The commission voted 4-1 Wednesday to have the county attorney draft an ordinance that would extend the local waiting period on gun purchases to five days from three. While the state has a three-day waiting period to purchase handguns, the Florida Constitution gives counties the flexibility to extend the waiting period for the purchase of “any firearm” to five days. The five days also is longer than the three-day waiting period that will now apply to the purchase of all guns as part of the school safety bill Gov. Rick Scott signed into law Friday. The commission will vote on the local five-day proposal after holding a public hearing, which has not been scheduled but could be in May.

This may not have been the starting point for Commissioner Les Miller, who proposed the idea, but he made a meaningful contribution nonetheless. Miller had asked commissioners to give their support to a ban on assault weapons — which the Legislature refused to include in the school safety legislation — and to the repeal of a state statute that prohibits local governments from regulating firearms and ammunition. Those two proposals faced an uphill climb; local bans would likely not pass legal muster, and local officials who violate the law can be punished with a $5,000 fine and removal from office. Such is the power of NRA in Florida, which has used its clout in Tallahassee to drown the voice of government that is closest to the people.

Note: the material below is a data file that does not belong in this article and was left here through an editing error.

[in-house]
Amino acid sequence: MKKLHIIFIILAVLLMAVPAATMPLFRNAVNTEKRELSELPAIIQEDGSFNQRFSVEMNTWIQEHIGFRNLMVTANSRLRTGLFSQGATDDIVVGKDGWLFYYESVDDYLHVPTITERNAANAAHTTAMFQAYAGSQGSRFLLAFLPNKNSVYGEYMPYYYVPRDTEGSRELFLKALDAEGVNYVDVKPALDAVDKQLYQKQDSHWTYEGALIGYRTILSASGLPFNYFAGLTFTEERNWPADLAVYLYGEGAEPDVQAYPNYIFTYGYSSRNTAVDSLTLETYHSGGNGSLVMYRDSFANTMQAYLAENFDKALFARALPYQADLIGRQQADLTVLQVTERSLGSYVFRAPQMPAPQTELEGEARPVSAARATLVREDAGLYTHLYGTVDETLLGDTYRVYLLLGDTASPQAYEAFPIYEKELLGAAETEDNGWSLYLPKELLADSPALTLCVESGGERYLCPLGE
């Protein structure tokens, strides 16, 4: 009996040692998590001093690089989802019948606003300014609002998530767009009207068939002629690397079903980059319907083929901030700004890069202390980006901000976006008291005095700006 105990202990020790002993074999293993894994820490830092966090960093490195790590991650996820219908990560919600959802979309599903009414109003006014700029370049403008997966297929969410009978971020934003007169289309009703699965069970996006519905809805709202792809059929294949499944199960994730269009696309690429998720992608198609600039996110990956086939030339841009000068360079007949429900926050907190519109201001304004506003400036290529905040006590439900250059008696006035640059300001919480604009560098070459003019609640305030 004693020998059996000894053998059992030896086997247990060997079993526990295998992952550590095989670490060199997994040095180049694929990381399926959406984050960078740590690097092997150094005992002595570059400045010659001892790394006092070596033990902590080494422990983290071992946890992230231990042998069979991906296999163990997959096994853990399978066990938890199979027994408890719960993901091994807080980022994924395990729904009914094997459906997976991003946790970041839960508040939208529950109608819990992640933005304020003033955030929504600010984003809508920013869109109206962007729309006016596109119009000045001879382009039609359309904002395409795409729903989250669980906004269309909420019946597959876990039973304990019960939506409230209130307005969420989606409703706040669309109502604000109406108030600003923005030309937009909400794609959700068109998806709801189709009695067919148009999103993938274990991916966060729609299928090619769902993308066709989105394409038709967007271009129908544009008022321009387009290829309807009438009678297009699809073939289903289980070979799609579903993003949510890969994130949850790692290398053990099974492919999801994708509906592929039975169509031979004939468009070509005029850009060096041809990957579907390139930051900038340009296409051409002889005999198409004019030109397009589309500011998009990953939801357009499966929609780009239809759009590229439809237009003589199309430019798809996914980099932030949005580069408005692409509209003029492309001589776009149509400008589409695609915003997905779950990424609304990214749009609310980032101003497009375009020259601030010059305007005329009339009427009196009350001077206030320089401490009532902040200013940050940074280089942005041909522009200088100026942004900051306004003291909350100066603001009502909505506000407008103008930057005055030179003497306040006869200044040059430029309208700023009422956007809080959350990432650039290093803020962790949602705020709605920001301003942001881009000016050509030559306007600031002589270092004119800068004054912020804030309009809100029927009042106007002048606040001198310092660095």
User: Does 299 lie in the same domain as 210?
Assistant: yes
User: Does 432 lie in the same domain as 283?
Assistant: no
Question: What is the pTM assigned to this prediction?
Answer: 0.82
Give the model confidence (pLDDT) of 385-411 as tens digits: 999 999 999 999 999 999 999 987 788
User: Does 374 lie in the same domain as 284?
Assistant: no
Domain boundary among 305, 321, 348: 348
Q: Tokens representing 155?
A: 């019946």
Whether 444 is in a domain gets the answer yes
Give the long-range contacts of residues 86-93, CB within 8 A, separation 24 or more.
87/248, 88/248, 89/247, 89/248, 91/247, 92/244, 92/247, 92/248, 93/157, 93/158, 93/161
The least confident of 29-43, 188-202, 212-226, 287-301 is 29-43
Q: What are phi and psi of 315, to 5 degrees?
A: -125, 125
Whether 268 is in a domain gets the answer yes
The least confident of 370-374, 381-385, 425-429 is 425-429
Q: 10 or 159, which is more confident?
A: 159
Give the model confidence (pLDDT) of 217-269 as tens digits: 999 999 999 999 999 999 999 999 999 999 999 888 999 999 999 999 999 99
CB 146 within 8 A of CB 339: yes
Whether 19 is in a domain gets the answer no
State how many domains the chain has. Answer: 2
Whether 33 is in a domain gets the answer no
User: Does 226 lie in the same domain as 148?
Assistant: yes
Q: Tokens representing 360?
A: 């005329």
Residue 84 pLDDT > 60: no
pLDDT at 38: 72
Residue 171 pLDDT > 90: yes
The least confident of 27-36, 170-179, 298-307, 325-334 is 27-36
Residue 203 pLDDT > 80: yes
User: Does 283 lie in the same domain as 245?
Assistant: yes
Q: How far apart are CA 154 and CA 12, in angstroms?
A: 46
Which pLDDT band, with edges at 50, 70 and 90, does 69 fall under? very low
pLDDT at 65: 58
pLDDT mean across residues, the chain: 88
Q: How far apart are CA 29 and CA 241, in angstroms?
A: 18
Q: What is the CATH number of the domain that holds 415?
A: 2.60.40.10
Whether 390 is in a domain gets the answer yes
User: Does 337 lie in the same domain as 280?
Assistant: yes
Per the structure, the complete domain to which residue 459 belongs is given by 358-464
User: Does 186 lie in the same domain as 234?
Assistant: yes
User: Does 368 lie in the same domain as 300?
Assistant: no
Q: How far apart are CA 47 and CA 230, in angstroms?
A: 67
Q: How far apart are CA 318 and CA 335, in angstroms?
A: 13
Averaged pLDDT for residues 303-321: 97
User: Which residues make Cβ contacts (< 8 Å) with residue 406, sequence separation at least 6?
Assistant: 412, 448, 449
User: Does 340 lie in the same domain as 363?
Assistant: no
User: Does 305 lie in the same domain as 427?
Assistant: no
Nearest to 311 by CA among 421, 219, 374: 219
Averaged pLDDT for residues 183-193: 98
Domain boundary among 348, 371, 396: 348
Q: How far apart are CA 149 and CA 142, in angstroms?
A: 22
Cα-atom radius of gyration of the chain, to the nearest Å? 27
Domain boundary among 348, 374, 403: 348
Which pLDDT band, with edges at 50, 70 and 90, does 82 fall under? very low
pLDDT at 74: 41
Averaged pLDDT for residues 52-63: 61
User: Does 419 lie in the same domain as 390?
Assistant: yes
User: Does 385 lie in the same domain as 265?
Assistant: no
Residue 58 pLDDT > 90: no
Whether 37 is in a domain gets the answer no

Even though only the waiting period proposal survived, Miller advanced the debate by forcing his colleagues to stake a position. To their credit, Commissioners Al Higginbotham, Victor Crist and Sandy Murman supported his call for the staff to bring back an ordinance. Whether the board ultimately votes to extend the waiting period remains to be seen. Commissioner Stacy White, who voted no on moving forward, seems unswayed, and two commissioners were absent Wednesday.

Still, Miller stood his ground, made his point and came away with something better than what the county already had. He gave moral support to state lawmakers who channeled the public’s call for reasonable gun restrictions in the wake of the 17 shooting deaths at Marjory Stoneman Douglas High School in Parkland and were defeated. Miller used what few tools he had in hand to make a difference. The commission should follow his lead and approve this modest step for public safety, and other county commissions throughout Tampa Bay should adopt the five-day waiting period as well.